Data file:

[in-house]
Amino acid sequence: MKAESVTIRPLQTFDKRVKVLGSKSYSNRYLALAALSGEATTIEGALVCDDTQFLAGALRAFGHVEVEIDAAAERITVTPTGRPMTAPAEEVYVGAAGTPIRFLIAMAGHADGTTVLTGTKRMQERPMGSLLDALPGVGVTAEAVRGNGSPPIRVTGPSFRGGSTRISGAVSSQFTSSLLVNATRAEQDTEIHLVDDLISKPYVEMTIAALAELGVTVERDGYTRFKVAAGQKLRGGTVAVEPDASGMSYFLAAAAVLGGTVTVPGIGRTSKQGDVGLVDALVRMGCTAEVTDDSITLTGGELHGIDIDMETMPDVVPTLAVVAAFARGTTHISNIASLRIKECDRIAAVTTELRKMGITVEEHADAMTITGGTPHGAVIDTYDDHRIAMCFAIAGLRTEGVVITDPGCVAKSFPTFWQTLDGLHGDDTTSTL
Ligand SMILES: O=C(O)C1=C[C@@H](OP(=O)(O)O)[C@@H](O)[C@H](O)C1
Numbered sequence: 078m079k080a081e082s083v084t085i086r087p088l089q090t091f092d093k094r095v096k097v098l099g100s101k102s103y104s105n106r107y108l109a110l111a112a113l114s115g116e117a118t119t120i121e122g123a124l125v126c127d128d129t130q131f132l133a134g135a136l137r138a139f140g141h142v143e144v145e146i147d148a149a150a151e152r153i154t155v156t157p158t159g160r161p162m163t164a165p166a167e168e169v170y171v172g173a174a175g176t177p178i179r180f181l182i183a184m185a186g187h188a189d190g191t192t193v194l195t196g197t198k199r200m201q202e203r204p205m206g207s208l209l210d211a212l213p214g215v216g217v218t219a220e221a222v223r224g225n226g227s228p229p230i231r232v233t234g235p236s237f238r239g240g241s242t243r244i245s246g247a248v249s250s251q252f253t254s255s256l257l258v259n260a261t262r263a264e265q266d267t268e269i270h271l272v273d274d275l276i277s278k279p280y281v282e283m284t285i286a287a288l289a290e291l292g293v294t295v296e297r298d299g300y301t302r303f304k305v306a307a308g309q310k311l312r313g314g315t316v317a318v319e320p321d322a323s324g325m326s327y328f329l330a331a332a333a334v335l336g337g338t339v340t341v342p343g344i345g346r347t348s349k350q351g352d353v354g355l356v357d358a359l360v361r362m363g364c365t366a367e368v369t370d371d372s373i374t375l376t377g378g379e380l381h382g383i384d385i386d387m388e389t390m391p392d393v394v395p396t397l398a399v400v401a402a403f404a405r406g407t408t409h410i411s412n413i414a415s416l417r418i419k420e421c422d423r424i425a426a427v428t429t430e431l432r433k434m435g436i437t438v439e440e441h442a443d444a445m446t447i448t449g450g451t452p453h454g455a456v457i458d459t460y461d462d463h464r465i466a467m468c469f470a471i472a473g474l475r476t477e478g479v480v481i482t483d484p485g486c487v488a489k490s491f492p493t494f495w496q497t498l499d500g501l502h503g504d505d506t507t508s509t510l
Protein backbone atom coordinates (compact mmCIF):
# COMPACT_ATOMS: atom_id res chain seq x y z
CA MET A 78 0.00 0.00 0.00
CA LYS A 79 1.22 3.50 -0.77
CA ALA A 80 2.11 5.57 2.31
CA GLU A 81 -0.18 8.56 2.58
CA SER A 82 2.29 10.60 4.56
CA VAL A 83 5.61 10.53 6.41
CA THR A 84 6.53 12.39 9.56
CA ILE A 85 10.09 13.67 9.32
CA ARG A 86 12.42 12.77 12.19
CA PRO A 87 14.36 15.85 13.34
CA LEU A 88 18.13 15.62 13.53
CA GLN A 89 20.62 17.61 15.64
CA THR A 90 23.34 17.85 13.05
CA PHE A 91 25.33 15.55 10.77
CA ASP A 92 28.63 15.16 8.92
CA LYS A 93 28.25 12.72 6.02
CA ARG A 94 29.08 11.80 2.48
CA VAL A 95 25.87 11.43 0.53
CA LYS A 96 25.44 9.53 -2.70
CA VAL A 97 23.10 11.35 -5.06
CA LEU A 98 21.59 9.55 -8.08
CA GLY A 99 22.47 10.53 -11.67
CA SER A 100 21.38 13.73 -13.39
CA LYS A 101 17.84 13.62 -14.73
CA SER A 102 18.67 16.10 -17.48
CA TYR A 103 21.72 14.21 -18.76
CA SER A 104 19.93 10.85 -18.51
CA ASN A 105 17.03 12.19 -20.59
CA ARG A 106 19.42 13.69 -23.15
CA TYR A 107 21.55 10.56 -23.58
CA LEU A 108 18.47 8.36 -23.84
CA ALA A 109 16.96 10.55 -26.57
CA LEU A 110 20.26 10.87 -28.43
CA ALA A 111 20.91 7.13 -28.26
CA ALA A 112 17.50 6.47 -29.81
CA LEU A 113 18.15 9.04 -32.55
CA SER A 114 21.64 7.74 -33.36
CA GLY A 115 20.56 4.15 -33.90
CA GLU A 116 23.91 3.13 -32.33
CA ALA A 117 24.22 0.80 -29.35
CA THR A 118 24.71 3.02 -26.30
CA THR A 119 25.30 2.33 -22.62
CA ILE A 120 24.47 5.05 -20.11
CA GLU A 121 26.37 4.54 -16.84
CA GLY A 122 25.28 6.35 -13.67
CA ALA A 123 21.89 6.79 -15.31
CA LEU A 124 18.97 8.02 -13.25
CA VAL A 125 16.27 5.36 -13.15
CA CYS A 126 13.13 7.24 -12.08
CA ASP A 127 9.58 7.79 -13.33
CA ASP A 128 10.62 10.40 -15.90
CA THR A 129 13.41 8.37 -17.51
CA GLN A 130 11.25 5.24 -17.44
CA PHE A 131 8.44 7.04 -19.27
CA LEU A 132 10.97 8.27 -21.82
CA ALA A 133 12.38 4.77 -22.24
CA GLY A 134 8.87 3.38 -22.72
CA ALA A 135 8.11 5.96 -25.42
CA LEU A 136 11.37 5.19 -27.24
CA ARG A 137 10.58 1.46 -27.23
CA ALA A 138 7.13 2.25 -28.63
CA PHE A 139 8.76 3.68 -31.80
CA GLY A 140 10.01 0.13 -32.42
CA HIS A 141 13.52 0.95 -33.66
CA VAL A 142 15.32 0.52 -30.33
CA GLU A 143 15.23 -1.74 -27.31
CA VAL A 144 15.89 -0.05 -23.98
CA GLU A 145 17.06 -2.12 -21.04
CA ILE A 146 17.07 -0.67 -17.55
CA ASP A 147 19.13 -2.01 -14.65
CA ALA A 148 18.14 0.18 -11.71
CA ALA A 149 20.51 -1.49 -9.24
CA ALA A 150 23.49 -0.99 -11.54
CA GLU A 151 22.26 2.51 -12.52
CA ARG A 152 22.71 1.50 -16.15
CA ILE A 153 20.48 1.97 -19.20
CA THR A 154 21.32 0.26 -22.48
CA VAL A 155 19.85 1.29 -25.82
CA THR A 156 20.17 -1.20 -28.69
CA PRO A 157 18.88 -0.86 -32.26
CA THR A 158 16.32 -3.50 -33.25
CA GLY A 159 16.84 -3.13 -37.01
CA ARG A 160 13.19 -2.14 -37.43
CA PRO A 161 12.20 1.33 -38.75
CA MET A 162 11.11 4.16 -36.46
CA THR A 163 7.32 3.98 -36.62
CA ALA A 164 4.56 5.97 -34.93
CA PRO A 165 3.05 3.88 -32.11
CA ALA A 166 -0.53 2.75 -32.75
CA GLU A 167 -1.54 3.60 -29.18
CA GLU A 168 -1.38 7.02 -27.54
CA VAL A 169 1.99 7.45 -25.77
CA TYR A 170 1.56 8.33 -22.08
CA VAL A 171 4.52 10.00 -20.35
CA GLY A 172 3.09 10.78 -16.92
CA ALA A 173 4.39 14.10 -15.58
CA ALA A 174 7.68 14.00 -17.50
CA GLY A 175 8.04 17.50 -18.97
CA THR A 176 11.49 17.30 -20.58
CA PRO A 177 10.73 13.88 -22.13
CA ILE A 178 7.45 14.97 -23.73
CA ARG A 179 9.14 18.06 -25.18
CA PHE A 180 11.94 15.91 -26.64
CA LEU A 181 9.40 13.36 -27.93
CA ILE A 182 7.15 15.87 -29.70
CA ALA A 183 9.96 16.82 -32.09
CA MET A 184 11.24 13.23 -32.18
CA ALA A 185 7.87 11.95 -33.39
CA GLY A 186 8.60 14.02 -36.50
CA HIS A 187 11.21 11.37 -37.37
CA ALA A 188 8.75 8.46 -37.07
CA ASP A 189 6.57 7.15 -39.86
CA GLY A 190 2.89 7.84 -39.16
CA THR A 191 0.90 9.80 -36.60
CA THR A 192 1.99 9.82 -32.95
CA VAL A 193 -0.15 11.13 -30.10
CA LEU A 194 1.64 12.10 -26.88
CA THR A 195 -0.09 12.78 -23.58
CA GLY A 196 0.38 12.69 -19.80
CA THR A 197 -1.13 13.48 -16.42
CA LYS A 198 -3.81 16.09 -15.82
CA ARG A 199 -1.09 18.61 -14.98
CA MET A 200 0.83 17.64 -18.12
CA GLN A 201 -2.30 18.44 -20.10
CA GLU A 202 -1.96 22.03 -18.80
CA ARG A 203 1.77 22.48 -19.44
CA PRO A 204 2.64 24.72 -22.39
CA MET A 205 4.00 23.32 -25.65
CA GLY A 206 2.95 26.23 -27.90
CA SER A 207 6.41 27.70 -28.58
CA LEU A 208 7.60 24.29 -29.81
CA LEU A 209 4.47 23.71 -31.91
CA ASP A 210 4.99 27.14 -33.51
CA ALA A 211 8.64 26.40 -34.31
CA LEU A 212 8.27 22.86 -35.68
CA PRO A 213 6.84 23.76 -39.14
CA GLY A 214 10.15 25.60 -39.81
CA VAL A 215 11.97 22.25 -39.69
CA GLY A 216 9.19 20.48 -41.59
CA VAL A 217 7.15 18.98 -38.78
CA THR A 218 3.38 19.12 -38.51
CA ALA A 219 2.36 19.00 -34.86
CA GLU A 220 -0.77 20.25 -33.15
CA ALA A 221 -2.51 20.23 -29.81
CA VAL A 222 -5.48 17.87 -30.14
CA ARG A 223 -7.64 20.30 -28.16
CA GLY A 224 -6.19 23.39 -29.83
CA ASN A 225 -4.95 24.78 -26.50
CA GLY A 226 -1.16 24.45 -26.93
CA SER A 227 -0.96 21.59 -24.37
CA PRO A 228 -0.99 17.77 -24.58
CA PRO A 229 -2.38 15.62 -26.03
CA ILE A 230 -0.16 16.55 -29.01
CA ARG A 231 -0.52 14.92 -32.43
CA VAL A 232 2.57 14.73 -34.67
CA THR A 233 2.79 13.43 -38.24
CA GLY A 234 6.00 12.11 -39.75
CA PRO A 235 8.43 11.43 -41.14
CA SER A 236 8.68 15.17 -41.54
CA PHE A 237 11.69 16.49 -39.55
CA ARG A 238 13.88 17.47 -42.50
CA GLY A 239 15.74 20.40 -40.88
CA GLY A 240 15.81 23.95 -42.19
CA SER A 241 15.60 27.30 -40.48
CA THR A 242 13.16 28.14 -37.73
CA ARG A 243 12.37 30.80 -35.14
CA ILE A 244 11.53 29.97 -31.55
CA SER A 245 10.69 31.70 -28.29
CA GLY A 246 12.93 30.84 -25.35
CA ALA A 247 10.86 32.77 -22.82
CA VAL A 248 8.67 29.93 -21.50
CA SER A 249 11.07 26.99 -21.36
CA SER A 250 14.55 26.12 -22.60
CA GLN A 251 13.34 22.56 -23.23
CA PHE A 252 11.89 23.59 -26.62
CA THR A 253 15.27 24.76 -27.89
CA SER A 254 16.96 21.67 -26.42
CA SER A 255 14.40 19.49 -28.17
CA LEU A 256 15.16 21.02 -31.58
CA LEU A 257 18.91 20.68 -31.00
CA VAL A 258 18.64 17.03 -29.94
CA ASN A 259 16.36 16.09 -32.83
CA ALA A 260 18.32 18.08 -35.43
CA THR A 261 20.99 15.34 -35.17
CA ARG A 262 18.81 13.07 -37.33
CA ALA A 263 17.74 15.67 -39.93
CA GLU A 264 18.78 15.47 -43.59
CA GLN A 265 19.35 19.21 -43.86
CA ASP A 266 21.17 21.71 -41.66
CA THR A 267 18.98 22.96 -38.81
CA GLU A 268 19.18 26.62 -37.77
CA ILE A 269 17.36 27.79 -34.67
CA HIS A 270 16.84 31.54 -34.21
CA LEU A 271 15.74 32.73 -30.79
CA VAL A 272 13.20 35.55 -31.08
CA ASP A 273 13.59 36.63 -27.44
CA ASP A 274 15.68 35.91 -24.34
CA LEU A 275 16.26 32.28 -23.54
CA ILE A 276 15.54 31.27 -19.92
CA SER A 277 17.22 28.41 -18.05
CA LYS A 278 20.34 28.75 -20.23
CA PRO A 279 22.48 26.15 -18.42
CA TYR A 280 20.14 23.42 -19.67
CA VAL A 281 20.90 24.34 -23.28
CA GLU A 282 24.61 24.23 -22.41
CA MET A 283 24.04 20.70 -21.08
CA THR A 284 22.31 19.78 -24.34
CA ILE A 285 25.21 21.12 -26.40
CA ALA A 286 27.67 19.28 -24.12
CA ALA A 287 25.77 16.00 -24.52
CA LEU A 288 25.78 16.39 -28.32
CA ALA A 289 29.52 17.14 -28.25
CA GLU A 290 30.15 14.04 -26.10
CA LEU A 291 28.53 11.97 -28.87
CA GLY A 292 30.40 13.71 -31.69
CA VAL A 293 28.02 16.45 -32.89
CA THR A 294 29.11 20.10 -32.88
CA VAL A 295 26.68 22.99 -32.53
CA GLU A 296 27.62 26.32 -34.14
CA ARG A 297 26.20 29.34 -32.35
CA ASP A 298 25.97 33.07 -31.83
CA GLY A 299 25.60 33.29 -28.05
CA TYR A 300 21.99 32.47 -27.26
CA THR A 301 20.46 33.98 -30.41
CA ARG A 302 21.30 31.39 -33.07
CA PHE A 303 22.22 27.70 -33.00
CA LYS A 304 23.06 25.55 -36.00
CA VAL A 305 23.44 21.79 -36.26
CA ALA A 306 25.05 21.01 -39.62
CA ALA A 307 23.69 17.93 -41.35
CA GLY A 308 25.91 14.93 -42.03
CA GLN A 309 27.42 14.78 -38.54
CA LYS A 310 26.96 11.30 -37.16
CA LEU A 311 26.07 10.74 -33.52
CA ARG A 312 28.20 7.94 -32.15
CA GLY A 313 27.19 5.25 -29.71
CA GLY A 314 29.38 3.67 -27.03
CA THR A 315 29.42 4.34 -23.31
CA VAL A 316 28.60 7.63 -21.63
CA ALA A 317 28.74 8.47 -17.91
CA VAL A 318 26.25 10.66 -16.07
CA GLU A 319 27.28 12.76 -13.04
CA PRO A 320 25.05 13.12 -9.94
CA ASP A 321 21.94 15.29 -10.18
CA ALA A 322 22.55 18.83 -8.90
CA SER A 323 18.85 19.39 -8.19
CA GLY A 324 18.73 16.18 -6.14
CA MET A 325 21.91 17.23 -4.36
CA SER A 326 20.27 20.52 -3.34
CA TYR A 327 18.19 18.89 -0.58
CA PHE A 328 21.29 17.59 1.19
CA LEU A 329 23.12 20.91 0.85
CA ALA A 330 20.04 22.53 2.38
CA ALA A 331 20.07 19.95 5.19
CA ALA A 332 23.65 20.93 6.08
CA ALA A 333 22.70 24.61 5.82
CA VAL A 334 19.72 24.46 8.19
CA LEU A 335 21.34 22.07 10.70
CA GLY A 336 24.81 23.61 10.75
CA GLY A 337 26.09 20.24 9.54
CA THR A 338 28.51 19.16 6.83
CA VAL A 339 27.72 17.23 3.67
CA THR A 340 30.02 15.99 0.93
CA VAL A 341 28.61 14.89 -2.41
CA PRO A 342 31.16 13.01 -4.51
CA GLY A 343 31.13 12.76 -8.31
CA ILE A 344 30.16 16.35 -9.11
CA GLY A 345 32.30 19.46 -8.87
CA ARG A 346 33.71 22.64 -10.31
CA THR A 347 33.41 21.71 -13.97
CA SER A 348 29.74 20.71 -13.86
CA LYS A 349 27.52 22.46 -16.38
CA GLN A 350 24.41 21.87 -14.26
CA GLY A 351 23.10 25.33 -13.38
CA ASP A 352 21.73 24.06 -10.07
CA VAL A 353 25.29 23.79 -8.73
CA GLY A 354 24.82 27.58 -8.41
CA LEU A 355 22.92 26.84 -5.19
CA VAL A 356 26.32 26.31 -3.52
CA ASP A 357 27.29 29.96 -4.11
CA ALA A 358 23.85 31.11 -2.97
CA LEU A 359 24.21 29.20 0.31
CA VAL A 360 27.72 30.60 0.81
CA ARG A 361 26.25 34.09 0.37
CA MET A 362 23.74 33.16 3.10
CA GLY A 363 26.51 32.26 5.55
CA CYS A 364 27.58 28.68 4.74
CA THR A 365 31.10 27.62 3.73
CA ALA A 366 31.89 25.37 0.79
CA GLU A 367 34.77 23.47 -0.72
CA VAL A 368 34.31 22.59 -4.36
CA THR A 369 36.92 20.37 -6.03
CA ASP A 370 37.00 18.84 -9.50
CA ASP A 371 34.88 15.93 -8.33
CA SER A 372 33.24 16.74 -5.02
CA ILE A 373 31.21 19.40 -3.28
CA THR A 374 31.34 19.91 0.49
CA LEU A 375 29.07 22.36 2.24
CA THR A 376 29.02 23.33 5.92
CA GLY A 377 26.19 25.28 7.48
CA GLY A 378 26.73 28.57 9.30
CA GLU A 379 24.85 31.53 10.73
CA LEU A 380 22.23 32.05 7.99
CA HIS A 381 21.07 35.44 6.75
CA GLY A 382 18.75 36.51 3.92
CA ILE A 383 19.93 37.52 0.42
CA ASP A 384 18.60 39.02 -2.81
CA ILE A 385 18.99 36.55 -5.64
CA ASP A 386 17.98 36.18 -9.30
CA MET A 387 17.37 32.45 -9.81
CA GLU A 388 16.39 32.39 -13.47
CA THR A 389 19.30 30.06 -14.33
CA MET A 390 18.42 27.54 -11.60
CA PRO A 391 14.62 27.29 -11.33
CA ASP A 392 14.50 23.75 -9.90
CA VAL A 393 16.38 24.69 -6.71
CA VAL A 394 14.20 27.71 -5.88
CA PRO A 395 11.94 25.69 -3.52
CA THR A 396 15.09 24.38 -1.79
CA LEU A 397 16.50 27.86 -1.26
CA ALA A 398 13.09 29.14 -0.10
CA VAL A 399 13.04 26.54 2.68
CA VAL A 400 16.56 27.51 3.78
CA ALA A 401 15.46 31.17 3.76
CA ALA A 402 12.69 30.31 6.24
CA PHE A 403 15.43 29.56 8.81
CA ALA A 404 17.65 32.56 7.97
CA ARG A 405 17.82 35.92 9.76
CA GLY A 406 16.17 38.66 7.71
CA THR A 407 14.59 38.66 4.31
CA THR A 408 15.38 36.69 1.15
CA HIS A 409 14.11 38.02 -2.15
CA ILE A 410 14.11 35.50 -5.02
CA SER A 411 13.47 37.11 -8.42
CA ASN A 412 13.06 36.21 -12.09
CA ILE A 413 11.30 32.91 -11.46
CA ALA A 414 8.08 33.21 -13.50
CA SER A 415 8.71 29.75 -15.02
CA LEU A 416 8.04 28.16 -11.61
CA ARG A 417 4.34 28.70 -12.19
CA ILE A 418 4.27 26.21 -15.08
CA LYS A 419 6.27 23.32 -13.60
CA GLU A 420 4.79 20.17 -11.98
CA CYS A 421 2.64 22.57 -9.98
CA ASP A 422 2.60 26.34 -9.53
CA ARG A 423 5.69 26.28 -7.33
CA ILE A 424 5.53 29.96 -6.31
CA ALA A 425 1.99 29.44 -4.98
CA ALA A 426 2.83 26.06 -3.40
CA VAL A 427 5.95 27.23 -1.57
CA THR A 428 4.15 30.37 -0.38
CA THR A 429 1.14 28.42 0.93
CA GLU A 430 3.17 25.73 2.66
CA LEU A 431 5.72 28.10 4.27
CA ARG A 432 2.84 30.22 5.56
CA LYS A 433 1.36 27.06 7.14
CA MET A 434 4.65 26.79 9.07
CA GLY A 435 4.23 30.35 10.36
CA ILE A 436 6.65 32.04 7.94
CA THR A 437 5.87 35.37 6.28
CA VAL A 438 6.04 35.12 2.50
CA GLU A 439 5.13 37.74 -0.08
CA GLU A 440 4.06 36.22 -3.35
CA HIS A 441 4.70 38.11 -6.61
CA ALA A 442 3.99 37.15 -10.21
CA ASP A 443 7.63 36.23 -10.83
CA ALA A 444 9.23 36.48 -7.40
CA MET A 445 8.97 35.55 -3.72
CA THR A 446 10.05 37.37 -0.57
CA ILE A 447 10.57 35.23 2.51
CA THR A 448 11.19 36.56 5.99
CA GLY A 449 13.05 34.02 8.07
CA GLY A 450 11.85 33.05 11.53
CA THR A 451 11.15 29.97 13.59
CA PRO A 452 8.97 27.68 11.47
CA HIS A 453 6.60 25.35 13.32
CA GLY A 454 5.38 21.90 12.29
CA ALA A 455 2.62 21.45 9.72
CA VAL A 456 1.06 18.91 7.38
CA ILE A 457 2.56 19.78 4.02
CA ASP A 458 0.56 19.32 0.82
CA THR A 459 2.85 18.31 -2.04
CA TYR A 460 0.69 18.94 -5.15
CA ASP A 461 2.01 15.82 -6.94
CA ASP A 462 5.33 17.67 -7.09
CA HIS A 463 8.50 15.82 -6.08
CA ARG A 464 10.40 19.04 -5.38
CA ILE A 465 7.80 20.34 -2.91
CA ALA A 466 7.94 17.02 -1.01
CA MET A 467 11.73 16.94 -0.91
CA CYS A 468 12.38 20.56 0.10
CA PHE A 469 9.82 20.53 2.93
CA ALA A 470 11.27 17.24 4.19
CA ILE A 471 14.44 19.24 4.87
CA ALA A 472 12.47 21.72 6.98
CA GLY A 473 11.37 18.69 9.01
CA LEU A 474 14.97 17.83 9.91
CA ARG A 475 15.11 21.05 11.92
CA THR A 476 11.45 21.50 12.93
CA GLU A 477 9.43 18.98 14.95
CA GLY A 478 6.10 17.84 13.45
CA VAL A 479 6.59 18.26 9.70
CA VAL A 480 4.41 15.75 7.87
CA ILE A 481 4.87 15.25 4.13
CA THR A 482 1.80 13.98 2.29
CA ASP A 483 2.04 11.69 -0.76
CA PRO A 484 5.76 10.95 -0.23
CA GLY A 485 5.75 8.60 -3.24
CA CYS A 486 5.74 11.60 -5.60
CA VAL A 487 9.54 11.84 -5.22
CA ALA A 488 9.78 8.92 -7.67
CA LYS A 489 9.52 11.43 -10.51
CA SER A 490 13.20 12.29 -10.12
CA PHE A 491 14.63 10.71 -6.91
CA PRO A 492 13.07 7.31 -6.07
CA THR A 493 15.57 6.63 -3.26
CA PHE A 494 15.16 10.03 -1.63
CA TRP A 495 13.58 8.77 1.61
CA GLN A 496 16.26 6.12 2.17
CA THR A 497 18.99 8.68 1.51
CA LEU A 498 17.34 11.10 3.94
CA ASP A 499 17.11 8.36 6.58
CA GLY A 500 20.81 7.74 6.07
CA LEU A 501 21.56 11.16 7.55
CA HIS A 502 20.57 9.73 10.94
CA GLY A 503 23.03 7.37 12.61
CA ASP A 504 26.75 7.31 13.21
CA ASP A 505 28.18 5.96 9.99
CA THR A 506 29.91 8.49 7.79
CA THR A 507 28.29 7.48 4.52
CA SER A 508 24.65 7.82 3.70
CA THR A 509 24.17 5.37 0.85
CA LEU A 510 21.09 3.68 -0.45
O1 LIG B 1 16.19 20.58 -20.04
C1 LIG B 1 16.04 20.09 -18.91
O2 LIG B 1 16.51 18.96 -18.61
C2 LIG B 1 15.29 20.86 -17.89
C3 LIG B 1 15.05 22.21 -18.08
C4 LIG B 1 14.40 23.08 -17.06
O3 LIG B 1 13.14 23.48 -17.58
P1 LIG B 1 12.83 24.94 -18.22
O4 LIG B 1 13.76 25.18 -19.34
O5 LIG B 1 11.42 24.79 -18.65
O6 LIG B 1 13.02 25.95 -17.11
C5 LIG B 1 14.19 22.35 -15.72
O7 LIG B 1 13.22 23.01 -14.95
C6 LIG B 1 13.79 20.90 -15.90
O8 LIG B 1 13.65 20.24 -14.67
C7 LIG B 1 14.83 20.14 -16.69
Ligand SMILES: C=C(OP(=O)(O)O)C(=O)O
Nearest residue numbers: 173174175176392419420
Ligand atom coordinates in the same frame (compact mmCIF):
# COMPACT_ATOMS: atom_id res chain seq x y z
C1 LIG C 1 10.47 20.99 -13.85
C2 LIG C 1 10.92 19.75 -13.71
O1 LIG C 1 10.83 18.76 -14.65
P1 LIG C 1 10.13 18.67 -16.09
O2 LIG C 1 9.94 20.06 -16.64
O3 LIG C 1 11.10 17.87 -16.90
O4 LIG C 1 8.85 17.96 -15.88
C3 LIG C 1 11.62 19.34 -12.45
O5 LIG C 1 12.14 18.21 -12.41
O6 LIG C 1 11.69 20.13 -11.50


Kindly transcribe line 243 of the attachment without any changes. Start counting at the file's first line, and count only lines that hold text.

CA GLY A 314 29.38 3.67 -27.03